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21 February 2014

The City of Atlanta, a Bastion of Democrat Votes, Ranks #1 in the Nation for Income Inequality

In the past few months, we've heard a lot from the Democrats about income inequality.

Last December, Barack Obama called income inequality the "the defining challenge of our time" [Kaplan, Rebecca (4 December 2013). Obama: Income inequality "the defining challenge of our time". CBS News. Retrieved on 21 February 2014.].

A few weeks later, U.S. Senator Chuck Schumer (D - New York) said, "[Income inequality] is growing and the middle class is more frustrated with it. It's huge.

"Income inequality will determine 2014 election, not ObamaCare," Schumer continued [McAuliff, Michael (19 December 2013). Democrats' Year-End Vow: Make Income Inequality The Battle Cry Of 2014. Huffington Post. Retrieved on 21 February 2014.].

Even in Georgia, Democrat leaders say income inequality is their focus during the 2014 legislative session.

"Income inequality in Georgia has to be at the forefront of every legislator's mind as working families continue to face serious economic challenges," said Sen. Horacena Tate (D - Atlanta), chairwoman of the Senate Democratic Caucus.

Well, Senator Tate and her Democrat colleagues need to look no further than their own backyards if they wish to tackle income inequality.

A new report from the Brookings Institution says the traditional Democrat stronghold of Atlanta now has the highest income inequality of any city in the nation.

There are many ways of looking at inequality statistically; one useful way to measure it across places is by using the “95/20 ratio.” This figure represents the income at which a household earns more than 95 percent of all other households, divided by the income at which a household earns more than only 20 percent of all other households. In other words, it represents the distance between a household that just cracks the top 5 percent by income, and one that just falls into the bottom 20 percent. Over the past 35 years, members of the former group have generally experienced rising incomes, while those in the latter group have seen their incomes stagnate.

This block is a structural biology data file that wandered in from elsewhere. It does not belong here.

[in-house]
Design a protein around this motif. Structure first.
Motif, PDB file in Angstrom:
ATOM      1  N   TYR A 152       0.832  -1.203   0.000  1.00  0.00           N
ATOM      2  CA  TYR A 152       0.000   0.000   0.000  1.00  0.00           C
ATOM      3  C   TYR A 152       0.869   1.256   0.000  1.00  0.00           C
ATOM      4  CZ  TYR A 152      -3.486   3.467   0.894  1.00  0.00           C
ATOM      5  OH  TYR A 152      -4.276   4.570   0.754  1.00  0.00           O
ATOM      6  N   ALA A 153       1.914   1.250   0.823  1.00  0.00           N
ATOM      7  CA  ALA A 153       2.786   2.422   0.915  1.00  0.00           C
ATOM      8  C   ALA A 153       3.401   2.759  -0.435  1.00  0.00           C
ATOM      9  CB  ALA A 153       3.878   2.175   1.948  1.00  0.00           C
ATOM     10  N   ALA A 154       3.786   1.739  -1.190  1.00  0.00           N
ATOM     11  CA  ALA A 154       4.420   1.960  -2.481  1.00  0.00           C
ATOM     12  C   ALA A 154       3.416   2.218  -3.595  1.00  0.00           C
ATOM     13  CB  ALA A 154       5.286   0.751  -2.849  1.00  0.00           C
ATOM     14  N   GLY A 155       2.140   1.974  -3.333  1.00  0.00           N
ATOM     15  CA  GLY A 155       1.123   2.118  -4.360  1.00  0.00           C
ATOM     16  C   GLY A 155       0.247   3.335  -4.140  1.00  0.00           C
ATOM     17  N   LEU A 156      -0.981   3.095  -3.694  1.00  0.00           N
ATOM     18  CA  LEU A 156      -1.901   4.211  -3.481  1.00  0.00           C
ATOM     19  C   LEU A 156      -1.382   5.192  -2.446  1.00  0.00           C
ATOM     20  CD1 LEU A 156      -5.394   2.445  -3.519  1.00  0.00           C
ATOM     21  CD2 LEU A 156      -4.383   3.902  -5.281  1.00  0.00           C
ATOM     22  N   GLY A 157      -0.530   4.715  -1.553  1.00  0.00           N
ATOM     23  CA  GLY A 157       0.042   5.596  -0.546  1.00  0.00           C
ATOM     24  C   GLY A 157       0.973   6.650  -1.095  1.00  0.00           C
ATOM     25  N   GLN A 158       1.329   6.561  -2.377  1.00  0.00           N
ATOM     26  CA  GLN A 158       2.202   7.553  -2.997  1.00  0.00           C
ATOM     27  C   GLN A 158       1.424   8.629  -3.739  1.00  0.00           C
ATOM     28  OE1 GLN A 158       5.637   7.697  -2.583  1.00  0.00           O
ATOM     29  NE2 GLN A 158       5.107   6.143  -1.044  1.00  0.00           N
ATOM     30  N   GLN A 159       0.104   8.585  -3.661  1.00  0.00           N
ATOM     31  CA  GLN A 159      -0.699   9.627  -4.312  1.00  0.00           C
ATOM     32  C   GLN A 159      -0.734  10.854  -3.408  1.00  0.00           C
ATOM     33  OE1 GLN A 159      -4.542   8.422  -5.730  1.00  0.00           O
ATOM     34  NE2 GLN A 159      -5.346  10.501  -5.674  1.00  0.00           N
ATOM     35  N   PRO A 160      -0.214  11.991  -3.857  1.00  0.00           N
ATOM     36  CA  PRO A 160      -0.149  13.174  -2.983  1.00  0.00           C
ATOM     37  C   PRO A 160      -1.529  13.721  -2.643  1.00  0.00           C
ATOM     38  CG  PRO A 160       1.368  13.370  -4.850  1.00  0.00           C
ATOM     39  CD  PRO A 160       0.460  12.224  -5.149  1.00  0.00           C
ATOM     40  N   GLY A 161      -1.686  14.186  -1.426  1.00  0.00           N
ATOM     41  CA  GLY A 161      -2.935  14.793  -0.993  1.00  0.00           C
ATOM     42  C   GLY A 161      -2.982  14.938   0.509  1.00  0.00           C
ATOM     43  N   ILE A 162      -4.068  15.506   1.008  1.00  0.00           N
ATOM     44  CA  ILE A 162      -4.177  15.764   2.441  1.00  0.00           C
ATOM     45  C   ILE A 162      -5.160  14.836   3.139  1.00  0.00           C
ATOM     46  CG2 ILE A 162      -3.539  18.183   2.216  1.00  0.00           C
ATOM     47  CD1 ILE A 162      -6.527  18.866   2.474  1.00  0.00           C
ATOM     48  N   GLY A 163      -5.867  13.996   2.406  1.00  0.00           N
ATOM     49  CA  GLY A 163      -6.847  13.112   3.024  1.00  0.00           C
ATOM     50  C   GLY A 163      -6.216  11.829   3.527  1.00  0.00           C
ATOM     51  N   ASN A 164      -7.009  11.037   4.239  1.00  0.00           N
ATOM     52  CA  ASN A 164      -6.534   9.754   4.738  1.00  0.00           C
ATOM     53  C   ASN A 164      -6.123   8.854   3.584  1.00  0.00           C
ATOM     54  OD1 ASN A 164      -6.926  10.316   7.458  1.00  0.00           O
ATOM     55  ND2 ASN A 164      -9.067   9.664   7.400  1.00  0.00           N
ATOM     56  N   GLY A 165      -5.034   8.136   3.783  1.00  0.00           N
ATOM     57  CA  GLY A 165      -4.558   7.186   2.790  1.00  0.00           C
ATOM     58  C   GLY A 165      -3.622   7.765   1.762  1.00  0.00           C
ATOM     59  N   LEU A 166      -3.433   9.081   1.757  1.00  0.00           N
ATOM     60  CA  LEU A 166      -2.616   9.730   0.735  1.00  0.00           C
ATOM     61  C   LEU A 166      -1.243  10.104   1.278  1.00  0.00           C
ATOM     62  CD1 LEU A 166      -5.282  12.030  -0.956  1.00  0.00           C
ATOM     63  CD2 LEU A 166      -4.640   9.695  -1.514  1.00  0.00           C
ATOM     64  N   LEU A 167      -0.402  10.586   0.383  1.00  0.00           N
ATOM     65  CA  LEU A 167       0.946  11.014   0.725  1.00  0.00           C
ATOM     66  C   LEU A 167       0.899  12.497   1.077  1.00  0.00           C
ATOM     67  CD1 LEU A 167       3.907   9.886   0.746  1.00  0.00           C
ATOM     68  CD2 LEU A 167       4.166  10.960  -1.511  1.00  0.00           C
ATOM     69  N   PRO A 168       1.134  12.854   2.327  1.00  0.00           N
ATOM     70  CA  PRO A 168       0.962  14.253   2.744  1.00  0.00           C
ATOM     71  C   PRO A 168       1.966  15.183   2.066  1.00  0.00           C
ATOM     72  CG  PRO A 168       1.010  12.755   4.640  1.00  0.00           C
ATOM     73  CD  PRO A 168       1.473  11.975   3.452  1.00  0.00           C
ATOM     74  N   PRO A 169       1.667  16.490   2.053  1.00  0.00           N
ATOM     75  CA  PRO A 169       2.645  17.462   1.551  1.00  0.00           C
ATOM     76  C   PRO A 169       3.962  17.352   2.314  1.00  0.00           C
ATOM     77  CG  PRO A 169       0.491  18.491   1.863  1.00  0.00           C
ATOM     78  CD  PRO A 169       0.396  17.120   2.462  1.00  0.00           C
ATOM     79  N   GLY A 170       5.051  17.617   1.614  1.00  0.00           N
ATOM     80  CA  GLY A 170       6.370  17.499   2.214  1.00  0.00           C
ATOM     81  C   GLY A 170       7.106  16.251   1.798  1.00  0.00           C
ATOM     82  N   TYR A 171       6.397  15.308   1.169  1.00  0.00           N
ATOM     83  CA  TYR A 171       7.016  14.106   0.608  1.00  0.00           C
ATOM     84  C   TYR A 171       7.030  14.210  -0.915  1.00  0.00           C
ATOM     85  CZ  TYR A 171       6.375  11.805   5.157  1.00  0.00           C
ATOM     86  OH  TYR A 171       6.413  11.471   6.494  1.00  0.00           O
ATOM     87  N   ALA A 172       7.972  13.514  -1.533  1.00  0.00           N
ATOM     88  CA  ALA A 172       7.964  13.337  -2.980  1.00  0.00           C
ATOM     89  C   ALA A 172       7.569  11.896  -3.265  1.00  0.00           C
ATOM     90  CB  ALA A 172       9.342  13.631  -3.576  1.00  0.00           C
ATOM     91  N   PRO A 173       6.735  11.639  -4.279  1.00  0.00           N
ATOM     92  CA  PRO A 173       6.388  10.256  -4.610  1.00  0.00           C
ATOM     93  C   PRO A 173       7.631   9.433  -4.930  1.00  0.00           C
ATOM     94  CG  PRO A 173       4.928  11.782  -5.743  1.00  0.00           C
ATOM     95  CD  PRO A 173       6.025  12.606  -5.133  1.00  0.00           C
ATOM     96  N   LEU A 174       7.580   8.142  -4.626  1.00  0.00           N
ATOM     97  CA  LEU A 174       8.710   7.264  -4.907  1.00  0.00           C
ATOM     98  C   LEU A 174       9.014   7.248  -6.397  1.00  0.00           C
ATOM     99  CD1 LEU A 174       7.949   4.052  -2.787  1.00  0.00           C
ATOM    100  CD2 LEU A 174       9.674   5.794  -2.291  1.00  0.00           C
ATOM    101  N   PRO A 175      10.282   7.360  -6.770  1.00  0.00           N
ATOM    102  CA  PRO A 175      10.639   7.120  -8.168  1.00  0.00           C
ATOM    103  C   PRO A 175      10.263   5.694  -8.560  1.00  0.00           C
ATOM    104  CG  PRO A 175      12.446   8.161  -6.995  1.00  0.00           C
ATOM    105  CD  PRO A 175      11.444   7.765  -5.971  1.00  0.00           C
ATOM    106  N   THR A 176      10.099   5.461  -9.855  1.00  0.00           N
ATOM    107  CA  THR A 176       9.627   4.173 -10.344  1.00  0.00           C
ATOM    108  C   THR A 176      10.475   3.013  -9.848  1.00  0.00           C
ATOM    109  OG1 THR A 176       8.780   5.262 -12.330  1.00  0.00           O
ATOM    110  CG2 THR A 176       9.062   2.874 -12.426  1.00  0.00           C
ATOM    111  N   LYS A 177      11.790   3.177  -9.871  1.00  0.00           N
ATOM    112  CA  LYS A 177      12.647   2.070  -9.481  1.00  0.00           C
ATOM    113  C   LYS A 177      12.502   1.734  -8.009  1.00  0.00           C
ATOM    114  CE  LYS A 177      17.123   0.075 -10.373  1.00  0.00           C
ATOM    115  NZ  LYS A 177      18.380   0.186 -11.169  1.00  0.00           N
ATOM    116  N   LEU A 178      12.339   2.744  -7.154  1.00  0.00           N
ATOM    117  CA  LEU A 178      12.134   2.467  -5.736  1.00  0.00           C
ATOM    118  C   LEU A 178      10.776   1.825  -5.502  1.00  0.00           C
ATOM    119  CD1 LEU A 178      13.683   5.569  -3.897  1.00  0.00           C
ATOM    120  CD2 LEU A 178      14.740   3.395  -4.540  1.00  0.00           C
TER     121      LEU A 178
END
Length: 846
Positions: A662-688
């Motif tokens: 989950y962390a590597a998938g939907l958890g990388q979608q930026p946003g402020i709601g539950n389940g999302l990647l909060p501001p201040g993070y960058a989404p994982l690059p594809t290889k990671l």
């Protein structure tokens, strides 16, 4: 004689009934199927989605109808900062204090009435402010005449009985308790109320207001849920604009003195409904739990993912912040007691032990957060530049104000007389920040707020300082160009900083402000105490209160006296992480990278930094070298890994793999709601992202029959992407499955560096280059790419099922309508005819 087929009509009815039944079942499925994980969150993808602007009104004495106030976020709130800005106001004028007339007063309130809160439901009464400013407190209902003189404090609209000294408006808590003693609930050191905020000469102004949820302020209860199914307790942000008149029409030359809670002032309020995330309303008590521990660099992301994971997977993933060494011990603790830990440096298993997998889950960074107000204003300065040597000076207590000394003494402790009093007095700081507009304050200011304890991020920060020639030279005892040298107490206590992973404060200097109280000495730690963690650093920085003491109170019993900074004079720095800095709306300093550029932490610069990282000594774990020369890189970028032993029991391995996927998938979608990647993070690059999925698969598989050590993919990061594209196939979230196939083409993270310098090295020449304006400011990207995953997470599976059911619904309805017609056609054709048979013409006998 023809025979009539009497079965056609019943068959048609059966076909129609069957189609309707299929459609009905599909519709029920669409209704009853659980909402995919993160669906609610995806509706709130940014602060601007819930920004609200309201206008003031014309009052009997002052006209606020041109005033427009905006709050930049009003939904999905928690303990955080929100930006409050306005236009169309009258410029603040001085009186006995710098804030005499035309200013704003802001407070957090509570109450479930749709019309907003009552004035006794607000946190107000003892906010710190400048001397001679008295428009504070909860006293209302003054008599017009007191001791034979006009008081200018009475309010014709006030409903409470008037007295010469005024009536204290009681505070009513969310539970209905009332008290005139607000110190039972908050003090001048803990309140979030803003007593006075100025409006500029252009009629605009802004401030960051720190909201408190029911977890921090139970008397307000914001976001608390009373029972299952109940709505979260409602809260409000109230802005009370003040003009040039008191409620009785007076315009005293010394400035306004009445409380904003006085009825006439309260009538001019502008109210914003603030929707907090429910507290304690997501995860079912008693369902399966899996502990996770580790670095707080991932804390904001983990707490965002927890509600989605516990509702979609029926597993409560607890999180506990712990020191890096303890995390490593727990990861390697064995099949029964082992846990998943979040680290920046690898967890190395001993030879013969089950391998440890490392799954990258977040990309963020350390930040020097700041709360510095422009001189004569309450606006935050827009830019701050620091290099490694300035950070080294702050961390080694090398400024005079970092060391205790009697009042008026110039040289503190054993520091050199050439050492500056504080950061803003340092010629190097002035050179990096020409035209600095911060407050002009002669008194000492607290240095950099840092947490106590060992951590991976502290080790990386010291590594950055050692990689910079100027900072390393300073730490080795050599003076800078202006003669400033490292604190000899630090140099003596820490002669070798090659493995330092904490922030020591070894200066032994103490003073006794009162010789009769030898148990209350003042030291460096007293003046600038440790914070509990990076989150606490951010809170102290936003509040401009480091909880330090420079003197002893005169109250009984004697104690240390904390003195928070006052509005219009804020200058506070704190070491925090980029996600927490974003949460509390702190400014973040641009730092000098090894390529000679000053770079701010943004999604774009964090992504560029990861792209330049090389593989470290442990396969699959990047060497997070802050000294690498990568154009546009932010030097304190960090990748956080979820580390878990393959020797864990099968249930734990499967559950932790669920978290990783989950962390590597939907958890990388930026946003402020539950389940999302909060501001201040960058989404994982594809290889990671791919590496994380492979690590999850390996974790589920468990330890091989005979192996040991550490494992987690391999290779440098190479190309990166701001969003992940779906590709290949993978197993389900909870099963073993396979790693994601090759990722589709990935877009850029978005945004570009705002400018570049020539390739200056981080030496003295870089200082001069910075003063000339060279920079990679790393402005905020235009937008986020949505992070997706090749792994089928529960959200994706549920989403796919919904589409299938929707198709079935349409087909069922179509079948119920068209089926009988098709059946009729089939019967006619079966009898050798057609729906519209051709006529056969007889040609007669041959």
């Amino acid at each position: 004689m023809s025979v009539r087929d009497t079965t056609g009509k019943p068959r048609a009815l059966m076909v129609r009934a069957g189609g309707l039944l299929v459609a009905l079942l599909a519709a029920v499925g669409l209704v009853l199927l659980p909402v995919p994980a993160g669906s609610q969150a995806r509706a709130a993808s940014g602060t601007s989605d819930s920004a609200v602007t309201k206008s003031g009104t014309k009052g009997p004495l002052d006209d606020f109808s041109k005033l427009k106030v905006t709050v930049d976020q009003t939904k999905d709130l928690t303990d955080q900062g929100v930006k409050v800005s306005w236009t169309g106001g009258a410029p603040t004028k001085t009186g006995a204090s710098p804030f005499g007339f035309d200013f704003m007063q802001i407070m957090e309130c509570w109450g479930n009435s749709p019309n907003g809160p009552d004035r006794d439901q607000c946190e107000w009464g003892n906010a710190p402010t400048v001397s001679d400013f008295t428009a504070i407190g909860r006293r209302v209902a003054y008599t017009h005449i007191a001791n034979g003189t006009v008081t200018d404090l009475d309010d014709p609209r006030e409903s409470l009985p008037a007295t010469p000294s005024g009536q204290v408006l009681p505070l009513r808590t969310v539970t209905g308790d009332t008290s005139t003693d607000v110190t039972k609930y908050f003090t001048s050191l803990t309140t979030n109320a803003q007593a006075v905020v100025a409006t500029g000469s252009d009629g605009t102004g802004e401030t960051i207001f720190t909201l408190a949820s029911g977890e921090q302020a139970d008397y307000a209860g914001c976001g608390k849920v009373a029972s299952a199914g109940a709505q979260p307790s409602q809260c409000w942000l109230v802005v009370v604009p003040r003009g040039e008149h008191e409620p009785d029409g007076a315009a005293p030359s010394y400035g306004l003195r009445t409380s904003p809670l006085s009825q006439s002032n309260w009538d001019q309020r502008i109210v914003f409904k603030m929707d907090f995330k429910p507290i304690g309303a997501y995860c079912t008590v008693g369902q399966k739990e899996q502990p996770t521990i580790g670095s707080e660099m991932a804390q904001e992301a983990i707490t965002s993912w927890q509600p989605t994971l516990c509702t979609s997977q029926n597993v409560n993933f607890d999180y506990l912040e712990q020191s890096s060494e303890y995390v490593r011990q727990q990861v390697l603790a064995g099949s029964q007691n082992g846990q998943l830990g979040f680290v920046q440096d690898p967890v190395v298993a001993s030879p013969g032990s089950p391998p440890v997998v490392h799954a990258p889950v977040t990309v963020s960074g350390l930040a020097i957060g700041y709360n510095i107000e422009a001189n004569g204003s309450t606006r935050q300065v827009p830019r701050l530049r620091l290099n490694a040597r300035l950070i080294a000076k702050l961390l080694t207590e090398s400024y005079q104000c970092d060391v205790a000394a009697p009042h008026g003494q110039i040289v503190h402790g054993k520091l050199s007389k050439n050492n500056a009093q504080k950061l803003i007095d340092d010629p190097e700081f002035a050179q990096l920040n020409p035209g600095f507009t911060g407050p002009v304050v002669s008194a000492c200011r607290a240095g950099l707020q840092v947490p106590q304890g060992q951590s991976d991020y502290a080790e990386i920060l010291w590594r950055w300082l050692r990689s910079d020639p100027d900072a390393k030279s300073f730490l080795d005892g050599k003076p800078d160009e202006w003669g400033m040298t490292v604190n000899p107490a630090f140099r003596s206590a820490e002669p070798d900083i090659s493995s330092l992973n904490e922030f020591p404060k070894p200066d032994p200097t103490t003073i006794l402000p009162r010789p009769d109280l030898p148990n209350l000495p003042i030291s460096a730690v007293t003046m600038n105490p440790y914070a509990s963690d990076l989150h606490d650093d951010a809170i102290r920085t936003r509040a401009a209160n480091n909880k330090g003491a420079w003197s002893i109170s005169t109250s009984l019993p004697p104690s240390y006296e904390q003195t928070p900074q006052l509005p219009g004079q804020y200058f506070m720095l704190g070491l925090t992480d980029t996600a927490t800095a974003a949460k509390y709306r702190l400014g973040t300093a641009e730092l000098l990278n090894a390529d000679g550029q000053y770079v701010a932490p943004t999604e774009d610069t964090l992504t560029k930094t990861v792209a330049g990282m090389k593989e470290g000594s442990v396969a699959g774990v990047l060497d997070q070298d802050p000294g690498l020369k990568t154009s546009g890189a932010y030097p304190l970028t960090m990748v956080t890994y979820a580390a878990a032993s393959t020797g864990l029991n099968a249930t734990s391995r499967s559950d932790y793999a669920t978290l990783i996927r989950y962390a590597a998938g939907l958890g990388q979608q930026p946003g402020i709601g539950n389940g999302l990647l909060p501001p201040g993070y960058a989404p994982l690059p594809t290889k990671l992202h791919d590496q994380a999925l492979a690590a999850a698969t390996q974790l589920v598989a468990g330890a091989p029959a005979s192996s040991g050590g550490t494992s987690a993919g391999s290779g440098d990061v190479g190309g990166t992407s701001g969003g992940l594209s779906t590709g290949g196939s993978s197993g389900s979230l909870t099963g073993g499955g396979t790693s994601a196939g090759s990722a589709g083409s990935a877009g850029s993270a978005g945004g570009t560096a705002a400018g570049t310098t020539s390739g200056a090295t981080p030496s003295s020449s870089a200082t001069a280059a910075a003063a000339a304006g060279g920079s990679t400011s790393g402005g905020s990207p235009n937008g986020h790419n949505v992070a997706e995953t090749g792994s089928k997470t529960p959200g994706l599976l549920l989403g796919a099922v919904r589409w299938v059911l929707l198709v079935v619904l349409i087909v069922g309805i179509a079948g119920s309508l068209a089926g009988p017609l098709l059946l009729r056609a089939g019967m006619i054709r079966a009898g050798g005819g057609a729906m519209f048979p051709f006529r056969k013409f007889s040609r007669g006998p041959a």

The big cities with the highest 95/20 ratios in 2012 were Atlanta, San Francisco, Miami, and Boston. In each of these cities, a household at the 95th percentile of the income distribution earned at least 15 times the income of a household at the 20th percentile. In Atlanta, for instance, the richest 5 percent of households earned more than $280,000, while the poorest 20 percent earned less than $15,000.

Berube, Alan (20 February 2014). All Cities Are Not Created Unequal. Brookings Institute. Retrieved on 21 February 2014.

Someone wise once said, "People who live in glass houses, shouldn't throw stones."

For months now, Georgia and the rest of the nation listened to the Democratic Party as they hammered Republicans over rising income inequality in America. Now everyone can see clearly into the Democrat glass house and those transparent walls are beginning to show cracks.